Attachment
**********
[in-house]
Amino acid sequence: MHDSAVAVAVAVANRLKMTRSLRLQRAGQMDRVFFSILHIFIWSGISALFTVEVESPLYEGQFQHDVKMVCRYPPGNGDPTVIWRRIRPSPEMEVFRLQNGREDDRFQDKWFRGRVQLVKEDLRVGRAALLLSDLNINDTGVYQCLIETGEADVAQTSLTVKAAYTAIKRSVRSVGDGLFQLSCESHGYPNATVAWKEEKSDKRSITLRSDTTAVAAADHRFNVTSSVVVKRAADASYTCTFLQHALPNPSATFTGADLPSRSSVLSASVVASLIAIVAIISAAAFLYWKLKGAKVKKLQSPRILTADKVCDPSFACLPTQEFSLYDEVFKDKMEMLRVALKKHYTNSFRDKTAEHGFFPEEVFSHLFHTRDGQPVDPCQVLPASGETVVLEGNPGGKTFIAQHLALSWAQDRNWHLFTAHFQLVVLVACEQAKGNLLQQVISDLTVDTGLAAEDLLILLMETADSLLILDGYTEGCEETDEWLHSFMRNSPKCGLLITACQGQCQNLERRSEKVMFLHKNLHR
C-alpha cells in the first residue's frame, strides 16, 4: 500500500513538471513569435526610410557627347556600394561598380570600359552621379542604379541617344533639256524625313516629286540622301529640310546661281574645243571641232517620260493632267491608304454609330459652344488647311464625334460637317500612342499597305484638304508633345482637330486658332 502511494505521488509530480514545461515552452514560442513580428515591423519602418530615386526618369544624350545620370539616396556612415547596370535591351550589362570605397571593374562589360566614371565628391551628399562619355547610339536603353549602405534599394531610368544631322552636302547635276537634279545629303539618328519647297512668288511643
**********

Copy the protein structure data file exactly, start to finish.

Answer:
[in-house]
Amino acid sequence: MHDSAVAVAVAVANRLKMTRSLRLQRAGQMDRVFFSILHIFIWSGISALFTVEVESPLYEGQFQHDVKMVCRYPPGNGDPTVIWRRIRPSPEMEVFRLQNGREDDRFQDKWFRGRVQLVKEDLRVGRAALLLSDLNINDTGVYQCLIETGEADVAQTSLTVKAAYTAIKRSVRSVGDGLFQLSCESHGYPNATVAWKEEKSDKRSITLRSDTTAVAAADHRFNVTSSVVVKRAADASYTCTFLQHALPNPSATFTGADLPSRSSVLSASVVASLIAIVAIISAAAFLYWKLKGAKVKKLQSPRILTADKVCDPSFACLPTQEFSLYDEVFKDKMEMLRVALKKHYTNSFRDKTAEHGFFPEEVFSHLFHTRDGQPVDPCQVLPASGETVVLEGNPGGKTFIAQHLALSWAQDRNWHLFTAHFQLVVLVACEQAKGNLLQQVISDLTVDTGLAAEDLLILLMETADSLLILDGYTEGCEETDEWLHSFMRNSPKCGLLITACQGQCQNLERRSEKVMFLHKNLHR
C-alpha cells in the first residue's frame, strides 16, 4: 500500500513538471513569435526610410557627347556600394561598380570600359552621379542604379541617344533639256524625313516629286540622301529640310546661281574645243571641232517620260493632267491608304454609330459652344488647311464625334460637317500612342499597305484638304508633345482637330486658332 502511494505521488509530480514545461515552452514560442513580428515591423519602418530615386526618369544624350545620370539616396556612415547596370535591351550589362570605397571593374562589360566614371565628391551628399562619355547610339536603353549602405534599394531610368544631322552636302547635276537634279545629303539618328519647297512668288511643